CP: How can Christians engage in politics and be informed without sliding into fear or, conversely, pride?

EC: We have to acknowledge that no political party monopolizes the Kingdom of God. In my pride, I think I’m right, but I have to acknowledge my blind spots and imperfections. I’m not God and there’s no way my thoughts and views encapsulate the Kingdom of God. I think it begins with humility. Now, convictions are important, I’m not endorsing being soft. It’s good and important to have convictions about our views, our thoughts, and about the Gospel. 

We need to be informed. There are lots of new sources, lots of headlines and clickbait on the internet. We need to make a commitment to be informed and stay informed so what moves me in my decision-making process isn’t fear or pride, but wisdom. 

CP: You stress the importance of relationships for building bridges and for listening. Talk to me about why that’s important. 

EC: While we live in this tension, it’s important to remember that the Great Commandment that encapsulates all laws is to love God and love people. To love people, we have to acknowledge it doesn’t mean we’re called to just love those who think like me and vote like me. Jesus gave us the beatitudes to be a guiding light for us. There’s a difference between being political and partisan. Sometimes, we become so enamored with a political party that we become fundamentalistic in our views, forgetting that parties change over time. 

We need to have a commitment to listen and make sure we’re not surrounding ourselves with a bubble or echo chamber. That means breaking bread with people we disagree with. It may not change our views, but it helps us humanize those who disagree with us on passionate issues. 

CP: How has your work with One Day’s Wages influenced your political views?

EC: One Day's Wages is a grassroots humanitarian organization that my family started over 10 years ago. What compels us is our faith. It’s the most important thing in our work, marriage and family. And as imperfect human beings who love Jesus, we don’t just want to have a theological concept of what it means to love Jesus, we want to live this out in our community and have it impact everything we do. 

Faith isn’t just about me and myself. My faith informs my politics, as opposed to the other way around. One Day’s Wages is about followers of Jesus loving their neighborhoods and cities and defining what it means to be a good neighbor to those who don’t share my zip code, facial features and religious affiliation. As followers of Jesus, we need to remember “Imago Dei.” We are all made in the image of God.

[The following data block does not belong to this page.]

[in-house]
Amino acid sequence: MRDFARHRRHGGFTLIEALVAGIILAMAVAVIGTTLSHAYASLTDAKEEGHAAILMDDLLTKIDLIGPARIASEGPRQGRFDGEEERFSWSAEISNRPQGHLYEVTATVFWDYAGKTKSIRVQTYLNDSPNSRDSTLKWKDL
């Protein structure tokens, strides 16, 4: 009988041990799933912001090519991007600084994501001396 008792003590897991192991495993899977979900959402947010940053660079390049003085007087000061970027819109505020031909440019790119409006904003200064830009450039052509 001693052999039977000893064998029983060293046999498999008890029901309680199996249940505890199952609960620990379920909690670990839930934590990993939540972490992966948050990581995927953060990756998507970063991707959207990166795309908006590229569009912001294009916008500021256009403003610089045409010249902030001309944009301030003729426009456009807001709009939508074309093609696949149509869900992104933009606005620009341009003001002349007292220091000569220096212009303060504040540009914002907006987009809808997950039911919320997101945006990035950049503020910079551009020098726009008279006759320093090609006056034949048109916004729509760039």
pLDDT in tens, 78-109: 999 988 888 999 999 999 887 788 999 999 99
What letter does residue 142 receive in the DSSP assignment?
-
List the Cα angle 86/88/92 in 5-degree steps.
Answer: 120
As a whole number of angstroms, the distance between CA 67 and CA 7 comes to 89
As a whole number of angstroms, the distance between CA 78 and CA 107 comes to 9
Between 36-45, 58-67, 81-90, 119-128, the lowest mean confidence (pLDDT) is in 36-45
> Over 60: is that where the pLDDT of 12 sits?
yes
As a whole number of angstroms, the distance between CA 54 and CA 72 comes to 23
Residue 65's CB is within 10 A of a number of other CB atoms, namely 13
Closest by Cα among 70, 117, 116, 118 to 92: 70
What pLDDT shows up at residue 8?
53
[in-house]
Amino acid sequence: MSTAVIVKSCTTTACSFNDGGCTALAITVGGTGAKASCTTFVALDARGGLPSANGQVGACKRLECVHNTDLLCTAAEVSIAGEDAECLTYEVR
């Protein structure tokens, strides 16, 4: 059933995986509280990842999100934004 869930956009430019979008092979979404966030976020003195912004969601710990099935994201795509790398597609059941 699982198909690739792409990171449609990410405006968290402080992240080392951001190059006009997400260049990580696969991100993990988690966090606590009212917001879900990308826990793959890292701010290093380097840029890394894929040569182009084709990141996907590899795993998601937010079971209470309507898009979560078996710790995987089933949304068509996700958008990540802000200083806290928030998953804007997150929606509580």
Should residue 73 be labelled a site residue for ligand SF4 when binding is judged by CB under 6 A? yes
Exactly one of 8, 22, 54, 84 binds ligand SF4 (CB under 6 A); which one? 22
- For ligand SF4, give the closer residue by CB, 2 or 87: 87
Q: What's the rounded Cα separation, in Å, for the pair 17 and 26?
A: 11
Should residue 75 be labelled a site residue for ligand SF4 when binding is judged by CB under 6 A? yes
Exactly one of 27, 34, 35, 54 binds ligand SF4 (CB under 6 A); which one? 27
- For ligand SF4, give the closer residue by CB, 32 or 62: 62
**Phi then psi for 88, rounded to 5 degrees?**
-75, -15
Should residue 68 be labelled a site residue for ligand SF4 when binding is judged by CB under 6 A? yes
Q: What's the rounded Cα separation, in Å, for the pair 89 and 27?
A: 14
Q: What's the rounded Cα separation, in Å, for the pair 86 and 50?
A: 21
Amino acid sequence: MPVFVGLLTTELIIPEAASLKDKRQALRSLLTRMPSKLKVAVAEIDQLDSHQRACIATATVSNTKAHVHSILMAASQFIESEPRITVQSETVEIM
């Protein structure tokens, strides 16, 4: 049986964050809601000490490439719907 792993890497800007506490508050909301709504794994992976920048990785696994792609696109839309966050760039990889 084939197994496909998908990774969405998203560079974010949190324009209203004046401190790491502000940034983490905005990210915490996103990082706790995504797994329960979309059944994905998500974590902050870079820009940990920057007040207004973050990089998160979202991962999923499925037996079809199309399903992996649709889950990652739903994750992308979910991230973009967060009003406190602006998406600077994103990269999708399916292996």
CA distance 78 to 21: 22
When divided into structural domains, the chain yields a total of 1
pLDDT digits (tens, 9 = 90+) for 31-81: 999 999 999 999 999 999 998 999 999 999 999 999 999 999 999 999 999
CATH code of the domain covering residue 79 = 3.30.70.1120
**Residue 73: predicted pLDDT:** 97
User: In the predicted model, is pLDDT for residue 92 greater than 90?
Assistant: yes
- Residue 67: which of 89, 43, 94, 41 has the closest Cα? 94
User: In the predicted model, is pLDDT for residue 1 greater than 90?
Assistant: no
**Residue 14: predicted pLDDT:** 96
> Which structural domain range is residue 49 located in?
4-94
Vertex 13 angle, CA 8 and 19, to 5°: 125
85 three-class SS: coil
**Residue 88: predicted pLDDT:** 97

CP: How should Christians navigate the 2020 election?

EC: That’s the quintessential question a lot of people are asking me. I’m not going to tell people who to vote for, but I think we should be reminding ourselves: What are we about? What are the values we’re about? What are the ethics that guide and shape and inform us? Are we caring for the vulnerable and marginalized?

It’s a very complex question because I have a Gospel-conviction about the sanctity of life, from womb to tomb. I believe the sanctity of life goes beyond American life to around the world. That’s why I mentioned there’s no possible way a single party can encapsulate my convictions. It’s about being informed, prayerful, discerning, doing due diligence to vote and to engage, but also reminding ourselves that if we reduce our civic engagement as citizens and Christians to one vote every two or four years, we’re part of the problem. This isn’t something we just do every two or four years. To love our neighbors means to be light and salt every day. 

My prayer is that this book will encourage and challenge the church, and that means people on all sides of the political spectrum.